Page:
Bedford, VA

The legend of how Bedford, Virginia received it's name is absolutely disturbing

Evie M.
stock photoPhoto byStevesAiCreations on Pixabay

No matter how much you might know about Virginia, you know that is an old state, and we’re talking old. Steeped in history and a lot of pain, one can only imagine the wild stories that come out of this state. But you don’t have to imagine long, because I am here to go down the list of every single one of them so we can learn about them together. I have a doozy for you today, too: The legend of how Bedford, Virginia received its name. And it’s absolutely disturbing.

Let’s start with the history of Bedford, Virginia, which was once known as Liberty before the terrible things that happened in this apparent legend. We’ll stick with what we know first, then go into the speculations.

In central Virginia, the town of Bedford was established in 1782 and named after John Russell, the Fourth Duke of Bedford, who was a British statesman at the time.

During the Civil War, Bedford played an important role as a supply and transportation center for Confederate forces. The town was also the site of a significant battle in 1864, known as the Battle of New London, where Union troops attacked and destroyed Confederate supplies and facilities.

In the late 19th and early 20th centuries, Bedford became a hub for the production of tobacco and, later, furniture manufacturing. Today, Bedford is a small town with a population of approximately 6,000 residents. It is known for its historic architecture, including several buildings that date back to the 1800s, and as the home of the National D-Day Memorial, which honors the soldiers who fought in the Normandy landings during World War II.

Pretty standard historical stuff, right? Sure. But what this general history doesn’t cover is the horrifying legend behind why Bedford, which was once known as Liberty, changed it’s name.

When New London took up their county seat in the 1700s, Bedford was forced to find a new place to land, and a generous offer was made: 100-acres for the then town of Liberty on Bramblett’s Road, by businessmen Joseph Findings and Robert Downey. Apparently, these two men were trying to run the owner of Bramblett’s Farm, Robert Bramblett, out of business and take his land. In what was considered by many, including Robert Bramblett to be a “crooked deal”, the Farm was purchased, but soon after Mr. Bramblett started running his mouth about how he was taken advantage of and his property basically stolen, which we all know is never a good idea.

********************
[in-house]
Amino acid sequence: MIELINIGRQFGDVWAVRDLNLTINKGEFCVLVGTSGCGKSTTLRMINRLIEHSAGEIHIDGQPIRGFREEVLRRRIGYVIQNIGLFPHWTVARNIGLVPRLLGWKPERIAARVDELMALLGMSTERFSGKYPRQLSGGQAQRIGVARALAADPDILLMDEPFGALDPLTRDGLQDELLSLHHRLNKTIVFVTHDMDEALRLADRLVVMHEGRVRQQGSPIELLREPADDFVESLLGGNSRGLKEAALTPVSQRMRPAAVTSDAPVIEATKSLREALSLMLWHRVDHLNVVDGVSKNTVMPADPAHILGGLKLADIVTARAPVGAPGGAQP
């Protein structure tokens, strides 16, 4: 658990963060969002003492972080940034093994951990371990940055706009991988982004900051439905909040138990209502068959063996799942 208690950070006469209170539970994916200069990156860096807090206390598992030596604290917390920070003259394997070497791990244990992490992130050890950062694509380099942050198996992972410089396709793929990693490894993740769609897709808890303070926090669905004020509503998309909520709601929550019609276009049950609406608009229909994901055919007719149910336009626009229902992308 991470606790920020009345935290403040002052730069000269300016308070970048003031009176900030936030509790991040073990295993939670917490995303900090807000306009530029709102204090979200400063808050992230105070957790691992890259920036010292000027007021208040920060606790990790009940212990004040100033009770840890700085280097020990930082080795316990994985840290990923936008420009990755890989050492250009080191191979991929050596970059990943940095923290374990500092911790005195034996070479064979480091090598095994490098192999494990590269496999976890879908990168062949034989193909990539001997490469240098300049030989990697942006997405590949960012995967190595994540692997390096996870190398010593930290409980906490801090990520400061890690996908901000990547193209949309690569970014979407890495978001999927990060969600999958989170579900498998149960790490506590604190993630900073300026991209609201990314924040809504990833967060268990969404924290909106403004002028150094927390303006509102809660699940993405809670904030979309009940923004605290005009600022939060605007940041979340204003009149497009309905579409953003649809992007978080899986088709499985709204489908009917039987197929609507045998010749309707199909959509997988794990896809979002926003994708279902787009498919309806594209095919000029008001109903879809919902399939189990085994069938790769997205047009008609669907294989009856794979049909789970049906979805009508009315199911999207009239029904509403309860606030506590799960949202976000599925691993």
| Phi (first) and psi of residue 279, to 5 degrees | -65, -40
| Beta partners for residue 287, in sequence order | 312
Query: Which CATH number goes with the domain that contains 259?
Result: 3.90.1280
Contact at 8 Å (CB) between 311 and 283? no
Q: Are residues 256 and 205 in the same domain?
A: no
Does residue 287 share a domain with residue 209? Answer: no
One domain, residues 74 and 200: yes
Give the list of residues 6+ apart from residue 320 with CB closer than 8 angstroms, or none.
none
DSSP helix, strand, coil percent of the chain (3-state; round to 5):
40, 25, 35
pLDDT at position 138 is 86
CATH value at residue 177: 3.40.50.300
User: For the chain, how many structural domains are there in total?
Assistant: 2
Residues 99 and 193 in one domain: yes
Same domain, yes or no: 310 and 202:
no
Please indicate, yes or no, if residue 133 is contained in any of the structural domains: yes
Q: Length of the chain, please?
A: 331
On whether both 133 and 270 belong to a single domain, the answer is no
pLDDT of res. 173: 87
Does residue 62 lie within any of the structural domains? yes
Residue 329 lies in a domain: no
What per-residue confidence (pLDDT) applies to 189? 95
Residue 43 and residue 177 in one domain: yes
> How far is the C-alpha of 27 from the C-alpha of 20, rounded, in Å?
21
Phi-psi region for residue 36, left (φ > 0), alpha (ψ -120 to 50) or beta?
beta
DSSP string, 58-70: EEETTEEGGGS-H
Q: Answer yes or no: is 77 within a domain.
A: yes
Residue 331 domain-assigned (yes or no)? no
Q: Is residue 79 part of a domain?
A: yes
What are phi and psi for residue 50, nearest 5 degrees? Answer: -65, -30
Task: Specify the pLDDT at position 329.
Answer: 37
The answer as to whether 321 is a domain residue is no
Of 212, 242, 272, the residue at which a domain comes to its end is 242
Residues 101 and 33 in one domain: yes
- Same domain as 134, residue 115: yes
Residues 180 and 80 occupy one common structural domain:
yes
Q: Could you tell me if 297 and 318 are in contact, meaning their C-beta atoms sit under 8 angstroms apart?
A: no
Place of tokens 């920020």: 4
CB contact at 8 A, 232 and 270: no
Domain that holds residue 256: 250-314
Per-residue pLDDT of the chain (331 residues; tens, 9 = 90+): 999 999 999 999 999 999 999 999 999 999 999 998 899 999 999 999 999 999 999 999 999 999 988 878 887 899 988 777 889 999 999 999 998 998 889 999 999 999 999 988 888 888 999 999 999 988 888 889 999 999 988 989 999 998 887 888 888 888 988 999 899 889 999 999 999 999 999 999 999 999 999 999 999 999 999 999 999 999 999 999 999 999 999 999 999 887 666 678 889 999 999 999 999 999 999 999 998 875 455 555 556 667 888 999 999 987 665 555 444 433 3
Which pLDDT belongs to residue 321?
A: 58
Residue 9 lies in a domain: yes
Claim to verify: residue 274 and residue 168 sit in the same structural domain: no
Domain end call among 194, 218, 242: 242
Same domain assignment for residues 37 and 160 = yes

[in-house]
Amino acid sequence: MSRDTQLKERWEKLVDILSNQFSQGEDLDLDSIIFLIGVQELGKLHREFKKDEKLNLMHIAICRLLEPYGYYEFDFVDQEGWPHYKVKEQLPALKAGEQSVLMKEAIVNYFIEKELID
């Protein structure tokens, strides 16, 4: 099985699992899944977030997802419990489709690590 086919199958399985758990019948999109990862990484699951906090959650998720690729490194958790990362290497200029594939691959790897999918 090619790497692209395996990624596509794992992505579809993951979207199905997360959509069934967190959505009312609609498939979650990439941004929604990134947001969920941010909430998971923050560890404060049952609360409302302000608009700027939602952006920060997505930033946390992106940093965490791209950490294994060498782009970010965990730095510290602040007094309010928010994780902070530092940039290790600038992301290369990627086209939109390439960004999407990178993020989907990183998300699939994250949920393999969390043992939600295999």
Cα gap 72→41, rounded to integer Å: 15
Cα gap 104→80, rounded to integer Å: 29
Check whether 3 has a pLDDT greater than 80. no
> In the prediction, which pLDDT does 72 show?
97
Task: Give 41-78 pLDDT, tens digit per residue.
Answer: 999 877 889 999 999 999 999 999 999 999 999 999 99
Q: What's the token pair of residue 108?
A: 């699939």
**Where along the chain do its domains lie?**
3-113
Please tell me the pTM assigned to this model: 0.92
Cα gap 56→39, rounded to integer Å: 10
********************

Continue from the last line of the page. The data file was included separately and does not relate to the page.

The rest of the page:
Shortly after, five of Mr. Bramblett’s children died “in their sleep” when there was a fire at home. His daughter, Liberty Bramblett was the only survivor. And though the town of Liberty was named after her to save the embarrassment of what Findings and Downey did (they were also suspected of starting the fire), her suffering was only beginning.

In October of 1785, Liberty was exiled from the town with her own name after some kids accused her of practicing witchcraft. Later, sadly, she was found in Huddleston forest by some hunters, where she was thought “dead from exposure” and hung from a tree with “stones tied to each of her limbs” (W.T.F.?).

Next year, without a trace, all of those who blamed Liberty for witchcraft, along with a chunk of the town’s kids, went missing.

Perfect. The town obviously thought they were cursed, and I agree. These disappearances all lead to years upon years of misery and destruction for the town, too. So much so, I’m way too lazy to go over it all here. All you have to know is that it was apparently enough for them to change the name to “Bedford” to avoid the curse.

What do you believe? Let me know in the comments.

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